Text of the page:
One of the things that I know with absolute certainty is that what we all really want is; to be heard, to be recognised and to be seen.
My adolescence was spent systematically scrolling through the internet, researching fashion images, studying film, and watching interviews of my favourite artists and performers. I became obsessed with performance, the art of self-presentation, studying characters, and the act of adapting at will with fluidity through the hurdles we’re presented with in life. I was fixated on Andy Warhol, specifically. Although his artwork was never of my taste, I was charmed by his disposition, his childlike sensibility and the statements that he made with total conviction. On defining art, he said, “You know it’s art when the cheque clears.” I loved that. Whether he believed half the things he said or not, it didn’t matter. He was performing. He understood why other people performed and the motivating factors behind them. His observational skills and understanding of the human condition, despite being deep-rooted in anxiety, allowed him to successfully establish his own publication, Interview Magazine, where sensational conversations between the most prominent figures of the 20th century were transcribed and printed for public consumption.
I drew parallels between Andy’s life and my own. I grew up in a Vietnamese-Catholic home and studied at an all-boys private school in Perth. Through my self-education in performance, I was acutely aware of the role that I had to play. I had not yet fully understood how I could place myself within these moulds and so I operated behind a mask. I asked endless questions, used camera lenses, and documented other people’s identity, publishing these stories online – all as an act of deflection to shield myself of what I had not yet come to terms with. I compiled and filmed family home videos and edited them into a hyper-pop, reality-style TV show. I took thousands of photos at all the parties I went to, illusively appearing before a bursting flash, and disappearing just as fast. I imagined I was Warhol, and this was Studio 54. Except I was chubby with braces and had replaced Silver Clouds for deflated goon bags. I noticed how people would change in front of the camera. Some would overtly express how intoxicated they were—when they weren’t, while others demonstrated apathy— that wasn’t apparent at all. I realised these were just their own masks and ways of deflecting, and that we were all doing the same thing. Although my peers were not presenting the truth, they were not being deceitful. There was an honesty in the way that they demanded to be seen, and by documenting them in that moment, they felt that their identity was heard and recognised. In Erving Goffman’s, “The Presentation of Self in Everyday Life (1959)”, he theorised, “When an individual plays a part he implicitly requests his observers to take seriously the impression that is fostered before them. They are asked to believe that the character they see actually possesses the attributes he appears to possess.”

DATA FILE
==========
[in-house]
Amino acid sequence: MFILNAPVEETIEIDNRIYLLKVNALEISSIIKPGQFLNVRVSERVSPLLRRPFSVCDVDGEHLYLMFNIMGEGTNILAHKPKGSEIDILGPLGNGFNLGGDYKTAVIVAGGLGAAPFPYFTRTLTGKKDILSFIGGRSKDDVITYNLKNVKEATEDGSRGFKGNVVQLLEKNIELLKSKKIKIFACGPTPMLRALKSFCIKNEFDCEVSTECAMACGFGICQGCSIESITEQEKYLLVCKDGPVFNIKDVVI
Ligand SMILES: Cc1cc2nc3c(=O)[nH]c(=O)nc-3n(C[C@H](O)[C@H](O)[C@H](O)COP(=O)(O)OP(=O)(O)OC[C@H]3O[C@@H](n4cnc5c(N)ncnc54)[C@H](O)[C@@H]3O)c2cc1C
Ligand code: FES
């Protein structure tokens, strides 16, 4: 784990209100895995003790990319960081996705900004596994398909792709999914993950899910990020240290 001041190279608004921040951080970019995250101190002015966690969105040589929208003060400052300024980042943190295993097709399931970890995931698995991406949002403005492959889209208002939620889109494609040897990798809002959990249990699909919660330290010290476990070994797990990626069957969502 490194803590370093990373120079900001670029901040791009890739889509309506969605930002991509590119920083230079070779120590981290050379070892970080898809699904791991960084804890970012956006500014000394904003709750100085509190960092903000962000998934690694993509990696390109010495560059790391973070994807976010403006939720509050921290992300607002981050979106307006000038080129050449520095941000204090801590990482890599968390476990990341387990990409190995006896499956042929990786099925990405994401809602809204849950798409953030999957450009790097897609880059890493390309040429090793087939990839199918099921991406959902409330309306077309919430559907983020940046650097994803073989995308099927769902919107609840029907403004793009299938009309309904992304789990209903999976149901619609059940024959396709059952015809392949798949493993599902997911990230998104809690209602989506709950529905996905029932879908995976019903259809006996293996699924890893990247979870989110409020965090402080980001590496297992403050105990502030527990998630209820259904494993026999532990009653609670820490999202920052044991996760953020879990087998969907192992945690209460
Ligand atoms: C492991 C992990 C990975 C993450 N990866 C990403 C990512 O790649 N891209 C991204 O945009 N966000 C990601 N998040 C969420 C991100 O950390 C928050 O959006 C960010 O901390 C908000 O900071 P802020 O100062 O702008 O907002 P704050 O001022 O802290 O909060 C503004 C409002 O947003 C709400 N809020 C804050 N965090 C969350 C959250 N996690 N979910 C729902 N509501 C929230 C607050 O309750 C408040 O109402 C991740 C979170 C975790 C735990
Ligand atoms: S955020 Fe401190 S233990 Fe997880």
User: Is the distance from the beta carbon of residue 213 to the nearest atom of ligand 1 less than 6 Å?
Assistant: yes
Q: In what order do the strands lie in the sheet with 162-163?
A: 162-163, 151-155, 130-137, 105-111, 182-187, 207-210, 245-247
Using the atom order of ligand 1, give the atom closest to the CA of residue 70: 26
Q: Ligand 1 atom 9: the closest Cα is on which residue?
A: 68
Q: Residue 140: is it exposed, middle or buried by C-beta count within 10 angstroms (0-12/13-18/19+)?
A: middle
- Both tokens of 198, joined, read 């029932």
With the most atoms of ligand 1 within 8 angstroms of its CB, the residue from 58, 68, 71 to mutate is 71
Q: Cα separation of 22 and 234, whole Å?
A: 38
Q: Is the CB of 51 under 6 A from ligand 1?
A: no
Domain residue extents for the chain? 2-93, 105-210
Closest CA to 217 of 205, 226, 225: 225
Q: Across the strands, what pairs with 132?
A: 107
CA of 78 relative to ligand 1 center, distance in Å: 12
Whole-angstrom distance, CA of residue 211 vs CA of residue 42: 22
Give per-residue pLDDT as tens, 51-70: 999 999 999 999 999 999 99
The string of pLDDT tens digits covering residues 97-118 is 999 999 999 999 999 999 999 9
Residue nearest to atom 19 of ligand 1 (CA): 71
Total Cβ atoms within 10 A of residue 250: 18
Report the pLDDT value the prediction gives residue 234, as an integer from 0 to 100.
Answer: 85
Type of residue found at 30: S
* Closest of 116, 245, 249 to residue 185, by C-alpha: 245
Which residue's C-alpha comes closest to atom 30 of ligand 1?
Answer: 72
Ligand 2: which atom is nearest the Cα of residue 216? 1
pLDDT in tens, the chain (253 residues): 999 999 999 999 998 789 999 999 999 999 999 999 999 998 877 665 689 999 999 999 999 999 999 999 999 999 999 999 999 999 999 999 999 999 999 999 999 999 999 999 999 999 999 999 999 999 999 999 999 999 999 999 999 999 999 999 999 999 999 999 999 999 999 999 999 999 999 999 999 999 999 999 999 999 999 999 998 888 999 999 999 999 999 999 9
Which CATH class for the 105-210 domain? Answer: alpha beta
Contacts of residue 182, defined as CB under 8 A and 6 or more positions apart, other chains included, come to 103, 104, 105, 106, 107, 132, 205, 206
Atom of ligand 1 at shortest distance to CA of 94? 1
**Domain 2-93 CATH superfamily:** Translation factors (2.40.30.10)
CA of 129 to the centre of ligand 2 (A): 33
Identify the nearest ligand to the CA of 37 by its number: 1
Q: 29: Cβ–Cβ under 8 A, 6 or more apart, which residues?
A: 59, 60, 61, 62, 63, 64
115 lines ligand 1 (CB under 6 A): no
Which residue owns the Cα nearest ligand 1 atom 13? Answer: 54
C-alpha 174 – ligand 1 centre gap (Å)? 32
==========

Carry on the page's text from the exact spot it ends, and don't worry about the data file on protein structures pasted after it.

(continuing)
Looking back in hindsight, what I was realising for the first time, was the importance of identity and our need to “perform” freely without feeling shame or fearing judgement. What I learnt of equal value, was that it’s just as important as allowing others to do the same. That’s kindness.
The masks that I presented which served as my own performance, ultimately, became the building blocks of my career. Following school, I went on to complete a degree in film and television studies and moved to Sydney, where I found work in fashion, an industry built on masks. The high school parties were now fashion parties and my stage was the studio. Finding work and succeeding in this field is heavily reliant on one’s ability to communicate and engage with other people. I use my own mask to interpret the mask that the client wants to present by reworking myself to allow people to open up. This is not about changing who I am, but rather, understanding identity and navigating through its complexities. Recently, I’ve been immersed in the world of conducting interviews, where clients have approached me to specifically ask other people questions. Perhaps they had gauged my interest in other people’s stories and that these sort of assignments were a natural fit for me.
Leonard Cohen writes, in Beautiful Losers (1966), “It was a dance of masks and every mask was perfect because every mask was a real face and every face was a real mask so there was no mask and there was no face for there was but one dance in which there was but one mask but one true face which was the same and which was a thing without a name which changed and changed into itself over and over.”
I am reminded of the importance of celebrating identity, embracing it whether you fit the mould or not. Because the moulds are always changing, the masks interweave, and they don’t have labels.
I think my fifteen-year-old self would be proud of me.
Words and Video: Duc Thinh Dong
Photography: Jordan Gogos